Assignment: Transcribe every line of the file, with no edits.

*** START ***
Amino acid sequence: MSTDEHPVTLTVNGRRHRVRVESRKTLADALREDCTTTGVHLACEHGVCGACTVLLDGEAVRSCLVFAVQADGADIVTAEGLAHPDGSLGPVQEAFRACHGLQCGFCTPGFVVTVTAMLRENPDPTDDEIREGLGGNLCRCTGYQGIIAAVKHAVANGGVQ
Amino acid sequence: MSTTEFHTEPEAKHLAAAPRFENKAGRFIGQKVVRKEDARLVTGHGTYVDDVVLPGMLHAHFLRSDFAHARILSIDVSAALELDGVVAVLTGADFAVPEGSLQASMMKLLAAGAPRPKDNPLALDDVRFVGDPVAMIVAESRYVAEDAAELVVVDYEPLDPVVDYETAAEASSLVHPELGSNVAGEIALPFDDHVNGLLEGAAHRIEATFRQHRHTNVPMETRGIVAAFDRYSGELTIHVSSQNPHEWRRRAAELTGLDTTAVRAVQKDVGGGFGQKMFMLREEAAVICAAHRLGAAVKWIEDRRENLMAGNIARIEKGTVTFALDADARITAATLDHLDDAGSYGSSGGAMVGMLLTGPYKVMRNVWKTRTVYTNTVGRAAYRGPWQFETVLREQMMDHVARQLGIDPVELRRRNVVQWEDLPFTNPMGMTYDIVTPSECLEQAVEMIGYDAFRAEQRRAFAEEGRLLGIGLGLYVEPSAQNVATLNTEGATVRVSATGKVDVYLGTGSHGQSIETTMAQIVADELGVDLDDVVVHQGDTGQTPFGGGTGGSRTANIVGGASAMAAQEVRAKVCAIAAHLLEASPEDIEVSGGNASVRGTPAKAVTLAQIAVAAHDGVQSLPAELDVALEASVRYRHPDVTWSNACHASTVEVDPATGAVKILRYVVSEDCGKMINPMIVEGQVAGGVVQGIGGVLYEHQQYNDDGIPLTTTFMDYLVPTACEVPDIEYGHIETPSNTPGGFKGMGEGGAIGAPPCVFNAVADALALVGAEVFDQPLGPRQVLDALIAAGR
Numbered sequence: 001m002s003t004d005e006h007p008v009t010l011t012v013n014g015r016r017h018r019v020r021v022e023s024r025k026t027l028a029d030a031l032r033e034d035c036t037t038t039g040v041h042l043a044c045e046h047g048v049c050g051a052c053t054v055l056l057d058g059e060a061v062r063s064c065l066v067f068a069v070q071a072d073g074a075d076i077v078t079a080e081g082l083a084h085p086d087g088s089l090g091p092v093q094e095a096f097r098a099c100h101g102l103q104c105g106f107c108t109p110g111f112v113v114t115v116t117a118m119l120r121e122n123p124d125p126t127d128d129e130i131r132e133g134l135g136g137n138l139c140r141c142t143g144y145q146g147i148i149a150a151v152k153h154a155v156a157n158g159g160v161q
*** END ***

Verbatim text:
Amino acid sequence: MSTDEHPVTLTVNGRRHRVRVESRKTLADALREDCTTTGVHLACEHGVCGACTVLLDGEAVRSCLVFAVQADGADIVTAEGLAHPDGSLGPVQEAFRACHGLQCGFCTPGFVVTVTAMLRENPDPTDDEIREGLGGNLCRCTGYQGIIAAVKHAVANGGVQ
Amino acid sequence: MSTTEFHTEPEAKHLAAAPRFENKAGRFIGQKVVRKEDARLVTGHGTYVDDVVLPGMLHAHFLRSDFAHARILSIDVSAALELDGVVAVLTGADFAVPEGSLQASMMKLLAAGAPRPKDNPLALDDVRFVGDPVAMIVAESRYVAEDAAELVVVDYEPLDPVVDYETAAEASSLVHPELGSNVAGEIALPFDDHVNGLLEGAAHRIEATFRQHRHTNVPMETRGIVAAFDRYSGELTIHVSSQNPHEWRRRAAELTGLDTTAVRAVQKDVGGGFGQKMFMLREEAAVICAAHRLGAAVKWIEDRRENLMAGNIARIEKGTVTFALDADARITAATLDHLDDAGSYGSSGGAMVGMLLTGPYKVMRNVWKTRTVYTNTVGRAAYRGPWQFETVLREQMMDHVARQLGIDPVELRRRNVVQWEDLPFTNPMGMTYDIVTPSECLEQAVEMIGYDAFRAEQRRAFAEEGRLLGIGLGLYVEPSAQNVATLNTEGATVRVSATGKVDVYLGTGSHGQSIETTMAQIVADELGVDLDDVVVHQGDTGQTPFGGGTGGSRTANIVGGASAMAAQEVRAKVCAIAAHLLEASPEDIEVSGGNASVRGTPAKAVTLAQIAVAAHDGVQSLPAELDVALEASVRYRHPDVTWSNACHASTVEVDPATGAVKILRYVVSEDCGKMINPMIVEGQVAGGVVQGIGGVLYEHQQYNDDGIPLTTTFMDYLVPTACEVPDIEYGHIETPSNTPGGFKGMGEGGAIGAPPCVFNAVADALALVGAEVFDQPLGPRQVLDALIAAGR
Numbered sequence: 001m002s003t004d005e006h007p008v009t010l011t012v013n014g015r016r017h018r019v020r021v022e023s024r025k026t027l028a029d030a031l032r033e034d035c036t037t038t039g040v041h042l043a044c045e046h047g048v049c050g051a052c053t054v055l056l057d058g059e060a061v062r063s064c065l066v067f068a069v070q071a072d073g074a075d076i077v078t079a080e081g082l083a084h085p086d087g088s089l090g091p092v093q094e095a096f097r098a099c100h101g102l103q104c105g106f107c108t109p110g111f112v113v114t115v116t117a118m119l120r121e122n123p124d125p126t127d128d129e130i131r132e133g134l135g136g137n138l139c140r141c142t143g144y145q146g147i148i149a150a151v152k153h154a155v156a157n158g159g160v161q